Home / Opinion / A false idea of Brand India

In the last two years, the Indian state has energetically promoted Brand India—on domestic soil and abroad, with Make in India as its centrepiece. On one hand, India as a brand contains immense promise: our unity despite our deep diversity, our commitment to democracy despite our history and geography, the spread of our culture despite two hundred years of subjugation, and finally, our ability to consistently produce some of the finest minds in the world.

But on the other hand, these are times when it appears that the state would like to drag us back to a time of brazen prejudice. For close to two years now, an intolerant concept of the state that seeks unquestioned loyalty and seeks to exert control over all spheres of public and private life has gained currency. This has been complemented by a sustained effort to alter the status quo of the past seven decades and mould the impatient Indian who could not tolerate dynastic politics and corruption at large into a sagacious one.

This model citizen that the state champions calls for equivalence in every situation; he does not hesitate to air unverified facts; most importantly, he is steadfast in his faith in the new establishment. Trained as he is in issues ranging from the vague ‘influence of global factors’ to the emotionally-charged concepts of nationalism, he insists—louder than ever—that those asking questions of the government of the day have no locus standi. So when students, artists, or scientists protest, they are dismissed as anti-national, politically motivated, or irrelevant—as rotten apples that are distracting the rest from the propagation of Brand India on the global stage.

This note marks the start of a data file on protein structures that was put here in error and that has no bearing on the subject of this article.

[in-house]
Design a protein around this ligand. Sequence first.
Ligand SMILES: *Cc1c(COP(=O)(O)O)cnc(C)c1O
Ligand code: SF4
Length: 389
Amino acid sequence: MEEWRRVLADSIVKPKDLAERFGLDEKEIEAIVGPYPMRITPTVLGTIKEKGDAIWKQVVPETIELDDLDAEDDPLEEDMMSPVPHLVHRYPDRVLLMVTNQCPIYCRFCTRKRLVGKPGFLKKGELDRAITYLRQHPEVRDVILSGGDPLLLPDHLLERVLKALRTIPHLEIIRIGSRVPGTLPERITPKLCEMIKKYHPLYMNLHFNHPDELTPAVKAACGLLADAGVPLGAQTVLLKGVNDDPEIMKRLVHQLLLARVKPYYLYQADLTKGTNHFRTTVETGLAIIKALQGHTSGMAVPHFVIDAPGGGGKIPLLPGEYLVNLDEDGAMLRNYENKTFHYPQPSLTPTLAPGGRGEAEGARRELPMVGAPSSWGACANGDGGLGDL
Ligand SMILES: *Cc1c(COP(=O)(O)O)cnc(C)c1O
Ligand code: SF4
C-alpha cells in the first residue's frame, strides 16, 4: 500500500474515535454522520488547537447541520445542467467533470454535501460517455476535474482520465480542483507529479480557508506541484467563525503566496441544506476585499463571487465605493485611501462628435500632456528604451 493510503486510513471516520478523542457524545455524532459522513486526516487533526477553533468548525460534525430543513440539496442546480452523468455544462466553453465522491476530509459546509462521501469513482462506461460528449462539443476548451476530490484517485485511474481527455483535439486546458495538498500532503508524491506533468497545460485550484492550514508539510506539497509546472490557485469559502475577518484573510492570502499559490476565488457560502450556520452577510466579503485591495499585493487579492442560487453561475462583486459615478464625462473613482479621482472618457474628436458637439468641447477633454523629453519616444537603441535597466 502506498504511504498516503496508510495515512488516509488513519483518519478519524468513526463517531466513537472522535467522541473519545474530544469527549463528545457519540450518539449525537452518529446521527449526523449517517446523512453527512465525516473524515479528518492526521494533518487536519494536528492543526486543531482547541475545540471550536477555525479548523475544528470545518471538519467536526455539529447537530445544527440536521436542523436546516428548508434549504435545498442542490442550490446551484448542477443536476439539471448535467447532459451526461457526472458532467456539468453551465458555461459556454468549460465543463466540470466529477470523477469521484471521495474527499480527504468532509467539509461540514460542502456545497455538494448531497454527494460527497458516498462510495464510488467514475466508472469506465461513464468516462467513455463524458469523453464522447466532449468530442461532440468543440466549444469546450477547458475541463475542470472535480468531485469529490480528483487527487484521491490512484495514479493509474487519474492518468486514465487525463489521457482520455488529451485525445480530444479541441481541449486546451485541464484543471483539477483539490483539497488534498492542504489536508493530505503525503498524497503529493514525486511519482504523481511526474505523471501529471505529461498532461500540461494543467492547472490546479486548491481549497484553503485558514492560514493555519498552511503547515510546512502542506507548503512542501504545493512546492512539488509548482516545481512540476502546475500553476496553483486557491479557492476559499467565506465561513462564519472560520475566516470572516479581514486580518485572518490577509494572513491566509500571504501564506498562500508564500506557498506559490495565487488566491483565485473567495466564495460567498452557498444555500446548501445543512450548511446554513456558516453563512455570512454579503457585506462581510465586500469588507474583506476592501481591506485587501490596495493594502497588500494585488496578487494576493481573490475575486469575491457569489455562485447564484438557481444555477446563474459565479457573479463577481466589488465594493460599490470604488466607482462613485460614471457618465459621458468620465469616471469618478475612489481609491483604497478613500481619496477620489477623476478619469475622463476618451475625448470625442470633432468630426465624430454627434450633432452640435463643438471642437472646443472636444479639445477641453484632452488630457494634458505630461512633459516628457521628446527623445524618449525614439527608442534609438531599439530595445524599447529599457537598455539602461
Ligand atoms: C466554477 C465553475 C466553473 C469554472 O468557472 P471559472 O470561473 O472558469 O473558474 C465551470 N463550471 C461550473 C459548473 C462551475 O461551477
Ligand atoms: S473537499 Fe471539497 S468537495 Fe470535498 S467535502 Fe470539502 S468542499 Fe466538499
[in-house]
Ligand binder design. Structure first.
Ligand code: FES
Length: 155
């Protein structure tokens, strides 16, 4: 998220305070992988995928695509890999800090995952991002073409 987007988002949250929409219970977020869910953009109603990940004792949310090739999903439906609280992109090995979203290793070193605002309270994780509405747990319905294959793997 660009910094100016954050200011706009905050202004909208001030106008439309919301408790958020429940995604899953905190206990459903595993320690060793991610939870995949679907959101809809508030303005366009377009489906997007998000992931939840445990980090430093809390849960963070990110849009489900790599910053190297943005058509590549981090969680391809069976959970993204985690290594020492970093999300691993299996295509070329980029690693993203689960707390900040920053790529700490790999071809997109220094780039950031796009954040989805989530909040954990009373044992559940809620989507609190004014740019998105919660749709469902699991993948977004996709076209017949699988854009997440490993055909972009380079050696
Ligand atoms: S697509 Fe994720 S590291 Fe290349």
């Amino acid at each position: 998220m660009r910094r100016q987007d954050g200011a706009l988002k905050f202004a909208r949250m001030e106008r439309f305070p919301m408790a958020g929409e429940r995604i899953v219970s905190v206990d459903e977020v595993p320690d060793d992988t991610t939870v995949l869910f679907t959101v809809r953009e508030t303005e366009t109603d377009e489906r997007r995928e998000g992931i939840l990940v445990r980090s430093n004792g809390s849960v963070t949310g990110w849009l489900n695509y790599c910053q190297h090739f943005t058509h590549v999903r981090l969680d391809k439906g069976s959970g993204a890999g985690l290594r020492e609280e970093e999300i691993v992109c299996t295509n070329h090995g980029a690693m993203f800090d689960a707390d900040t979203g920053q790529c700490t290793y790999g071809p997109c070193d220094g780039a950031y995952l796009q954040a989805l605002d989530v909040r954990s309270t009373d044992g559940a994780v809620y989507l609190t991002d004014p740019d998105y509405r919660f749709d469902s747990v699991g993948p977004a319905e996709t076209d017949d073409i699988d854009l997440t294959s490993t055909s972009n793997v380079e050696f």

These traits have been on public display over the last week as the government deployed some of its senior-most commanders—with battalions of online warriors backing them—to tarnish the reputation of a group of students, their university, and more broadly, an entire ecosystem that fostered debate, dissent and the pursuit of knowledge. To understand why this ecosystem is important, it is important to appreciate the space for intellectualism. In this instance, it is the kind of intellectualism that helps one understand the distinction between the nation and the holders of state power—that one’s patriotism is not subject to their views on those holding the reins of state power. The right to dissent includes the right to challenge the state. A state that engages in political vendetta against its opponents is one thing; to use the state machinery to assault the basic rights of its citizens is a whole different ball-game.

It is unfortunate then that the unique selling proposition of Brand India that the state seeks to promote is ultimately reduced to our ability to juggle contradictions that strike at the heart of our democracy and culture. Serious reforms remain off the table, primarily due to the inability of those in power to build a political consensus. Provocation and grandstanding are the order of the day. The state would like to claim we can lead the world on innovation, but at the same time, strikes down swiftly on every minor instance of dissent. All of this is done of course, without allowing the contradictions take anything away from the swagger of an emerging global superpower.

The model citizen today is being asked by its state to don a mask in the service of his nation—one which can help him unabashedly hide a retrograde interior within a plural exterior. As the state today goes about undermining the foundational principles of the country as we know it, it is simultaneously promoting Brand India. This is deception. How long before we are left bare in the eyes of the world, and more importantly, in our own eyes?

Suvojit Chattopadhyay works on issues of governance and development. Over the last decade, he has worked with a range of development agencies in India, Ghana and Kenya

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